Surf Photography Series: Simon Jay
- 12th August 2020
Can you talk about your background and how you got into wave photography?
We moved to Cornwall 8 years ago from the South East. We wanted to live closer to the sea and have a more active and outdoor lifestyle with our two energetic young boys. We haven’t looked back really. It’s been the best move we made. I used to bodyboard a lot when I was younger and go on amazing surf trips with my friends and I hadn’t really done that since starting a family. Moving to Cornwall rekindled my interest in waves. In the autumn and winter you get some amazing swells down here and they are often way out of my league in terms of size, so I wanted to find another way to enjoy them and experience the thrill of looking at the forecast, getting my gear ready, turning up at the beach to see the swell rolling in. So I started taking photos of the waves and my passion grew from there. There are some amazing surf and wave photographers in Cornwall and I watched and learnt from them and I am hoping now I kind of have my own style. There’s nothing I love more than walking the cliffs of Cornwall on my own with my camera during a big autumn swell and howling winter storm.
What is your creative process like, what camera do you use?
I use a Sony A7 RIII and my favourite lens is the 24-105mm. I also have my eye on a zoom lens for this winter, we’ll see! I don’t really follow a particular creative process. I guess I am always trying to capture something different, shoot a spot from a new angle and since I’ve started using a drone, my photography has certainly become more abstract. I am really keen to explore abstract photography more - it’s something different and people seem to like it.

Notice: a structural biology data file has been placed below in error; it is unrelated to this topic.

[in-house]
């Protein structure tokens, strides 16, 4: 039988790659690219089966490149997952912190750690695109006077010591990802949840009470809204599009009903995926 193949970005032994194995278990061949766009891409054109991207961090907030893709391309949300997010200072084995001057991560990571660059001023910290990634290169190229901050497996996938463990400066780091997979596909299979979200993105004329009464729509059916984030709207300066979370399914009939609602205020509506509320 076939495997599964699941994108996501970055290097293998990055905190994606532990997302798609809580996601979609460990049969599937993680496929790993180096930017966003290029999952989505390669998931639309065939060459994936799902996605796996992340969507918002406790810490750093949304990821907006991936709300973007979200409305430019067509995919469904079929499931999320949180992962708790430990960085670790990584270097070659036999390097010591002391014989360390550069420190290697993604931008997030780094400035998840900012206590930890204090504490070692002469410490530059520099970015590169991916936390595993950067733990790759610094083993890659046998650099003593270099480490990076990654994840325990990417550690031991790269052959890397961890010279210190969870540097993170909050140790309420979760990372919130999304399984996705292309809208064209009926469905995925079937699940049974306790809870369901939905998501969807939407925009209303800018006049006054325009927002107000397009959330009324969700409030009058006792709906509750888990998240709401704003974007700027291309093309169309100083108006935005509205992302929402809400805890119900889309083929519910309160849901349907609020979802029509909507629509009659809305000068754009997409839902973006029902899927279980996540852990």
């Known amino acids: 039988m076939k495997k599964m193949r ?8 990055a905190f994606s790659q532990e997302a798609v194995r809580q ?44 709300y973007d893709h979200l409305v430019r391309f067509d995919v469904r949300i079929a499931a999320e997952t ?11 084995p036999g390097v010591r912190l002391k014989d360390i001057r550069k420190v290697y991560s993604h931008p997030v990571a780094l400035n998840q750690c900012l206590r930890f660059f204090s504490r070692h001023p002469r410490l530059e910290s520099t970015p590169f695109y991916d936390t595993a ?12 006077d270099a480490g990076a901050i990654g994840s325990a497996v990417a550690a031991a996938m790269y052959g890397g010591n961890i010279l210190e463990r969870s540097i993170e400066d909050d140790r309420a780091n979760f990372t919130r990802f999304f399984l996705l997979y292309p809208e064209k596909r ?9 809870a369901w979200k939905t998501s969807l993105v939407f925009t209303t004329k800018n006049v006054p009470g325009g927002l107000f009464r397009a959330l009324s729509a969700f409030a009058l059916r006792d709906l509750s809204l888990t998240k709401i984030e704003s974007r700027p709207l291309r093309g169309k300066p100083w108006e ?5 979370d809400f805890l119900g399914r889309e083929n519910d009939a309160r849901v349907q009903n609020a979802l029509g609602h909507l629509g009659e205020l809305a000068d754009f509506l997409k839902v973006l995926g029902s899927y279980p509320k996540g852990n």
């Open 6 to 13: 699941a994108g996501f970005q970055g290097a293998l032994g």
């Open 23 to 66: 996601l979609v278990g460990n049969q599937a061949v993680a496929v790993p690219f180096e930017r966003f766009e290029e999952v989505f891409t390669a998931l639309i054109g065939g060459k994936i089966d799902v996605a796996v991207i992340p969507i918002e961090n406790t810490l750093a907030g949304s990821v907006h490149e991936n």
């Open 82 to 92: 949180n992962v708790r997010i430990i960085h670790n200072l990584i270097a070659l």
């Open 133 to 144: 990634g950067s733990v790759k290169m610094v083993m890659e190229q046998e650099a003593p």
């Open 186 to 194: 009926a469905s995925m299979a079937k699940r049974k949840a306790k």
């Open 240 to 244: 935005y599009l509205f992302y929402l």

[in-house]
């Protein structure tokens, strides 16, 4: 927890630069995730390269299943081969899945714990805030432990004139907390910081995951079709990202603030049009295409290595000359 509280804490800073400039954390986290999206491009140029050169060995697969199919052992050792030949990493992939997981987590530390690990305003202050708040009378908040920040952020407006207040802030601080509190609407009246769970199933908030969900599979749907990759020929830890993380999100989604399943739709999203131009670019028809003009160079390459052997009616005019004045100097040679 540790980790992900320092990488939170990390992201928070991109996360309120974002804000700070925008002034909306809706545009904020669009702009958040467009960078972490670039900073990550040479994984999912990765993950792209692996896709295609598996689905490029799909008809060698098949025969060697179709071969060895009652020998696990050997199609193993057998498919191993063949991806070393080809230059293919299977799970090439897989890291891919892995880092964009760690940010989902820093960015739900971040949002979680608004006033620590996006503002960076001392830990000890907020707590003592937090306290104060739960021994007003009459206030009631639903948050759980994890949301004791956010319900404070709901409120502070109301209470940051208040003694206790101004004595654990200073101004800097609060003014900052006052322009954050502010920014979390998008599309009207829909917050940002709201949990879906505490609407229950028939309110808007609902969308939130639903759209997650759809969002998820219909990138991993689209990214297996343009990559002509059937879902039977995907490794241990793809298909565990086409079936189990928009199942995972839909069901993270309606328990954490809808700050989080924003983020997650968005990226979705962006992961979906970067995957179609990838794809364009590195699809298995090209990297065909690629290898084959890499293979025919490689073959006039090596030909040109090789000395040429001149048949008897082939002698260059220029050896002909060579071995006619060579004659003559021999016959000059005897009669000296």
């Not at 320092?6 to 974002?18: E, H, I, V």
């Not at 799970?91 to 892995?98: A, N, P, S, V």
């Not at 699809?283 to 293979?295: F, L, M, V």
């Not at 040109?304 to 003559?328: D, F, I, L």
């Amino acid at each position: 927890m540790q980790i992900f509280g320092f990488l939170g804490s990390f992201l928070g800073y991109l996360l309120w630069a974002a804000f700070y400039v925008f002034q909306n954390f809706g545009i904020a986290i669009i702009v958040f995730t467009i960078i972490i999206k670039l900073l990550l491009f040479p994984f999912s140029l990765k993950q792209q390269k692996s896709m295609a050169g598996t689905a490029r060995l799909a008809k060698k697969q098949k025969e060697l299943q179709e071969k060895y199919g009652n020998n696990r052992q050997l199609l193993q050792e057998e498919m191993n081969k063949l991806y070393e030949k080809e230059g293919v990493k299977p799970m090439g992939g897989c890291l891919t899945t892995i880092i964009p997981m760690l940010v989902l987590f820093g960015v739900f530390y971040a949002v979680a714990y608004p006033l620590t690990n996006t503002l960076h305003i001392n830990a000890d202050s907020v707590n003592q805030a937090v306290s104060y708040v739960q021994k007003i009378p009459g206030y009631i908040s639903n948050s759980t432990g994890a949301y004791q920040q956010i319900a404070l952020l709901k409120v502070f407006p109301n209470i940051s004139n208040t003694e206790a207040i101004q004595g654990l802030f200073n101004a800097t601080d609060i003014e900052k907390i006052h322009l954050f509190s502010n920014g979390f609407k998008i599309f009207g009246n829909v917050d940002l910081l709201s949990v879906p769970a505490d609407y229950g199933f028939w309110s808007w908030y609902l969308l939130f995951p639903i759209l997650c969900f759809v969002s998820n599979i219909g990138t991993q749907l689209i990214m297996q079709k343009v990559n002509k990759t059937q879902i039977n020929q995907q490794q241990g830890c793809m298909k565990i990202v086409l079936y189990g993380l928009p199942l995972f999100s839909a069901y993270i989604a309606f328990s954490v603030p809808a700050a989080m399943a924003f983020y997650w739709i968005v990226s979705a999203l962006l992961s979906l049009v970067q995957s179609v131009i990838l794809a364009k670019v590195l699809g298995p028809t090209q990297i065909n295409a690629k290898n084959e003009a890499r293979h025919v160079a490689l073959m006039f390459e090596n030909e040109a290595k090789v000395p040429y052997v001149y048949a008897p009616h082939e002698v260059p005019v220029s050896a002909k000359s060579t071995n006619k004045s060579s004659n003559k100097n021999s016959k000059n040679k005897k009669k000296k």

Can you tell us about your drone photography?
I just love the different perspective a drone gives you. You can see things that you wouldn’t normally see. One of my favourite places to shoot is an estuary close to my home. You can walk a long the estuary at low tide and see lots of mud and crevices, nothing particular exciting. But if I put my drone up I can see all these amazing textures, colours and tributaries that you can’t see from the ground. And then I can take these abstract shots and you are drawn to them because they are unique, I hope! In the winter the estuary and surrounding trees are bleak and bare and barren, in the summer they are abundant and colourful and alive - both seasons are great to photograph from up high.
When shooting waves with my drone, especially big ones, the birds eye view gives you a real sense of the unrelenting power and movement of the sea. The way a wave folds over and explodes on the surface of the ocean, the spray coming off the back of the wave and the amazing textures they create. These are the wave shots I am striving for with my drone.
Where do you draw inspiration from?
Nature I guess - being out and about, whether by the sea or in a forest or up a mountain. There is so much natural beauty in Cornwall - we have barely explored it! So I am inspired to get out and discover more of Cornwall and more of the world too. My wife comes from Reunion Island, a French department out in the Indian Ocean. It’s an inspiring place and amazing to photograph, so I can’t wait to get back there. And I hope to travel a lot more with my family, to do a lot more exploring and discovering.
Do you have any tips for photographers who want to work commercially?
I think getting your work out there for people to see is the best place to start. Whether that’s via instagram or a decent website. And you can learn so much from other photographers. Ask them questions or offer to assist on shoots. If you want to use a drone commercially you will need a Permissions for Commercial Operations - there are plenty of good courses around for this.
Can you tell us how people can find out more about your work?
I run a creative media agency too, where I use a lot of drone footage to produce marketing videos for clients - properties, small businesses and tourism at www.bangbangcreative.co.uk